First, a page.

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Social Security a Catalyst for Money in Motion

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Most advisors are woefully unprepared to advise average Americans on their single most important source of retirement income: social security.

“The subject is 10 times more complex than you ever thought,” Bill Meyer, founder and CEO of Social Security Solutions, said at the Retirement Income Industry Association conference.

Nevertheless, he urged advisors to educate themselves about social security and to use software to guide them and their clients through the dizzyingly complex task of optimizing benefits under the program.

Meyer estimates that some 25 million people a year are thinking about social security, opening a door to a gigantic market. “Social security is the catalyst for money in motion,” Meyer said, adding that people thinking about social security are receptive to planning and investment management. 

“Advice quality matters,” he exhorted the advisors. “The difference between a good strategy and a bad strategy is hundreds of thousands of dollars.”

One of the myriad ways to optimize social security is by delaying payments past the full retirement age of 66 (for those born between 1943 and 1954).  Payments delayed until age 70 increase by at least 32% compared to taking them at the full benefit age, according to speaker Bob Seawright, CIO of Madison Avenue Securities, a broker-dealer and investment advisory firm headquartered in San Diego, Calif.

Unfortunately for many American delaying social security is not always an option, Seawright said. Most Americans, 75%, take retirement before they’re 65 with the most popular age being 62. 

“Delaying social security is generally a good idea but only for those who can afford it and who have up-to-date skills and good health,” Seawright said.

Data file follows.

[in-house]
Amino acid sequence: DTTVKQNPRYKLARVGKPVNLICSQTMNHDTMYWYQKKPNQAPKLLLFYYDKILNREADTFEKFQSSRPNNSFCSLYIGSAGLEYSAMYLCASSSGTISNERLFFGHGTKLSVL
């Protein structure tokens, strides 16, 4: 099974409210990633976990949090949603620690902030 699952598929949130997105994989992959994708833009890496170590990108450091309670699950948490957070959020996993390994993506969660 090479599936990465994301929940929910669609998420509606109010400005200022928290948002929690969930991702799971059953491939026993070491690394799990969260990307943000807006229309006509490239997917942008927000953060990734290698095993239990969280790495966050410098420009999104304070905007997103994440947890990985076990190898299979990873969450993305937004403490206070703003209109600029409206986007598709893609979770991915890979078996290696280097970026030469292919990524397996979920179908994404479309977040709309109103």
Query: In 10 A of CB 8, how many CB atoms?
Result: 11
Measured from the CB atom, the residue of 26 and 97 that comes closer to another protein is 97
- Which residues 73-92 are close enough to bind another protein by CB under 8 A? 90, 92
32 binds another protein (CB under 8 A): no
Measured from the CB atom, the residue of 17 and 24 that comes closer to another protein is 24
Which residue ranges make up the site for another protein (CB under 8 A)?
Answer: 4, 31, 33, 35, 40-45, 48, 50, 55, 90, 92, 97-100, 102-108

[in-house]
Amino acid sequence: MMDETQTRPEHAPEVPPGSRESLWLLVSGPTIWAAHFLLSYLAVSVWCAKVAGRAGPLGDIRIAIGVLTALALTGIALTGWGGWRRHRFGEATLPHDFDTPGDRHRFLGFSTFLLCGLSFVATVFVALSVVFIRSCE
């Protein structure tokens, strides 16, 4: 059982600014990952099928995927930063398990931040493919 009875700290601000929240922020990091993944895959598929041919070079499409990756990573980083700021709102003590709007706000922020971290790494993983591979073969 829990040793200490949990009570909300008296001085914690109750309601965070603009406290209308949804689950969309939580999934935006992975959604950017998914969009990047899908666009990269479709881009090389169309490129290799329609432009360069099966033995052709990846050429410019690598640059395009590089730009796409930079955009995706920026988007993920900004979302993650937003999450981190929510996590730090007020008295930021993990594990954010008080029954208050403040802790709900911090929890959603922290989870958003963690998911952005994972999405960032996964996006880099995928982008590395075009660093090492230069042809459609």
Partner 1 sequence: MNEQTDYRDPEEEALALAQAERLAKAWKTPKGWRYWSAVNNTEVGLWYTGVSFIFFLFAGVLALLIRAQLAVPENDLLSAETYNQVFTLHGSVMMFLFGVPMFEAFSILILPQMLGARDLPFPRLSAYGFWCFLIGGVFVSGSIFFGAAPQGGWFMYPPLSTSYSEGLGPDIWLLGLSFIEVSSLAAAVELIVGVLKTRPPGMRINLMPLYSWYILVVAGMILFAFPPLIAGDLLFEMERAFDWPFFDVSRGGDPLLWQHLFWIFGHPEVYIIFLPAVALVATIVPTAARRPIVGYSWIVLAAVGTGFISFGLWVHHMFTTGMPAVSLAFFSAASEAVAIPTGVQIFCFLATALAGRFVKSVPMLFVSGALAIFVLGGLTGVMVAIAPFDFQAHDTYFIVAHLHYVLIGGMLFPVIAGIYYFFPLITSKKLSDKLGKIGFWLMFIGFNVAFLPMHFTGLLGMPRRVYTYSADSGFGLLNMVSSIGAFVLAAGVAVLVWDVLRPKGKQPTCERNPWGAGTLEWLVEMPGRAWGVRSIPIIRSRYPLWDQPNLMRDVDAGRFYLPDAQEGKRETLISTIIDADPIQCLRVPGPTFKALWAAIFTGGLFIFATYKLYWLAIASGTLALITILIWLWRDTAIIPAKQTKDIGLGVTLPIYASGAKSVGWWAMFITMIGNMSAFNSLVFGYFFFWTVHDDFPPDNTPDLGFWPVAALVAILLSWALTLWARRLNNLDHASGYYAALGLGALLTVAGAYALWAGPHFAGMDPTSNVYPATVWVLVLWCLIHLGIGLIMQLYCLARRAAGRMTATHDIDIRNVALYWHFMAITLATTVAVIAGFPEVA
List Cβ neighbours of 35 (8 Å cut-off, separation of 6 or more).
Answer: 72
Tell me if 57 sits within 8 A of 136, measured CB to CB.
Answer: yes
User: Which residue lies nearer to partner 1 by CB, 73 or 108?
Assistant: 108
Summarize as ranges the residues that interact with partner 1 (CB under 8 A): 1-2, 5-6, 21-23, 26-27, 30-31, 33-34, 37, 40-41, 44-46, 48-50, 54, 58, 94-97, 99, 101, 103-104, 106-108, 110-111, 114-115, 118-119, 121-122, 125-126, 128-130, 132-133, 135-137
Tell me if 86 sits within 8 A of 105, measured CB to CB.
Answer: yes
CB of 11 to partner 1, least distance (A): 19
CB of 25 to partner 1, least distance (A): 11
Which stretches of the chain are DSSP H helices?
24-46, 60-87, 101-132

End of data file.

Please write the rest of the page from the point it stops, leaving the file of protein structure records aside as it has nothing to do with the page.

For those with the means to do so, delaying payments can make a significant difference. Meyer estimated that single Americans with $200,000 in savings can make their money last 10 years longer by pushing back their social security retirement benefits. “Delaying actually makes sense for tons of middle Americans,” Meyer said. “They just don’t have the numbers.”

The issues, however, are much broader and deeper than simply delaying social security. “It’s not just delaying. It’s figuring out switching strategies and all the components of leveraging all the rules,” said Meyer, noting that there are 20,000 pages of rules in social security. 

Meyer urged advisors to use interactive software that models various social security benefit scenarios but cautioned against the use of overly simplistic software programs.

To illustrate the complexity of social security, Meyer warned advisors of so-called “rat holes,” or periods of time during which people should never claim benefits.  Individuals born between 1943 and 1954 should never claim benefits between the ages of 62 and one month through 63 and 11 months, nor should they claim benefits between 65 and five months through 67 and seven months.

Meyer worked through an example of a single person who claimed benefits at 62, just before the beginning of the rat hole, versus claiming benefits on “the other side of the rat hole”. Claiming benefits outside the rat hole gave the individual 20% more in monthly income. 

“This stuff is so complex,” Meyer said. “Make sure you get the details. I contend if you don’t, you have compliance issues.”



Clarification: An earlier version of this article inaccurately reported that Bill Meyer endorsed Money Guide Pro's new social security optimization software program. He compared Money Guide Pro to his Social Security Analyzer software at the industry conference, but did not endorse it.

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